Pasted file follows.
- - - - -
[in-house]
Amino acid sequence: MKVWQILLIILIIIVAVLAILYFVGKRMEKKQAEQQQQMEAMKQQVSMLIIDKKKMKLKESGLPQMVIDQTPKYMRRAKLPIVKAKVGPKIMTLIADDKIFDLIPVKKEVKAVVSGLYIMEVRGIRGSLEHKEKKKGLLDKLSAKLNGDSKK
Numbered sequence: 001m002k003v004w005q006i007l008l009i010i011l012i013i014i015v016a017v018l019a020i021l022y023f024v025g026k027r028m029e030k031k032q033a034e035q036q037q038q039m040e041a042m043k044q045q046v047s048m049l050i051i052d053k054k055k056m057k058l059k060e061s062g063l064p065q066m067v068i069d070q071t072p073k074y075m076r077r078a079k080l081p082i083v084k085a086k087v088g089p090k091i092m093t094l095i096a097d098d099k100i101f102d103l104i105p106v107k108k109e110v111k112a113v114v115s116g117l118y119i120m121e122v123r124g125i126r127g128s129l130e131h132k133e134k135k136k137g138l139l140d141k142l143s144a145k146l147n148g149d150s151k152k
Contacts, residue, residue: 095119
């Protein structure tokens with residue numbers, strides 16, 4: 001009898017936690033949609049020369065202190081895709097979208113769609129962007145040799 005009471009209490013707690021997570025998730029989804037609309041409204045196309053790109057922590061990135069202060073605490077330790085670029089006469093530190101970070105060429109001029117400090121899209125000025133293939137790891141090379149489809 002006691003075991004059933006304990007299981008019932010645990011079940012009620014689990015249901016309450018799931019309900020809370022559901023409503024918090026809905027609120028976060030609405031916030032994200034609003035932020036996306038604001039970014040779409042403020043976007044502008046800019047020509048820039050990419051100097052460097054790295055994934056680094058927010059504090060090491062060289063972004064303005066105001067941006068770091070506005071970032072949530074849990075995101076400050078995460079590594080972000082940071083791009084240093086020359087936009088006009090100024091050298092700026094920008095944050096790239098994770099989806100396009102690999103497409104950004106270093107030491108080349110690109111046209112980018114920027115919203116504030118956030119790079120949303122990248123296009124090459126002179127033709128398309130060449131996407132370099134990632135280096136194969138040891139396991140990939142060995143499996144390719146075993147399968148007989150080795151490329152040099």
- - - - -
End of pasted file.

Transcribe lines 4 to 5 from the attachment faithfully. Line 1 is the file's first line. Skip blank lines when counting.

Contacts, residue, residue: 095119
């Protein structure tokens with residue numbers, strides 16, 4: 001009898017936690033949609049020369065202190081895709097979208113769609129962007145040799 005009471009209490013707690021997570025998730029989804037609309041409204045196309053790109057922590061990135069202060073605490077330790085670029089006469093530190101970070105060429109001029117400090121899209125000025133293939137790891141090379149489809 002006691003075991004059933006304990007299981008019932010645990011079940012009620014689990015249901016309450018799931019309900020809370022559901023409503024918090026809905027609120028976060030609405031916030032994200034609003035932020036996306038604001039970014040779409042403020043976007044502008046800019047020509048820039050990419051100097052460097054790295055994934056680094058927010059504090060090491062060289063972004064303005066105001067941006068770091070506005071970032072949530074849990075995101076400050078995460079590594080972000082940071083791009084240093086020359087936009088006009090100024091050298092700026094920008095944050096790239098994770099989806100396009102690999103497409104950004106270093107030491108080349110690109111046209112980018114920027115919203116504030118956030119790079120949303122990248123296009124090459126002179127033709128398309130060449131996407132370099134990632135280096136194969138040891139396991140990939142060995143499996144390719146075993147399968148007989150080795151490329152040099």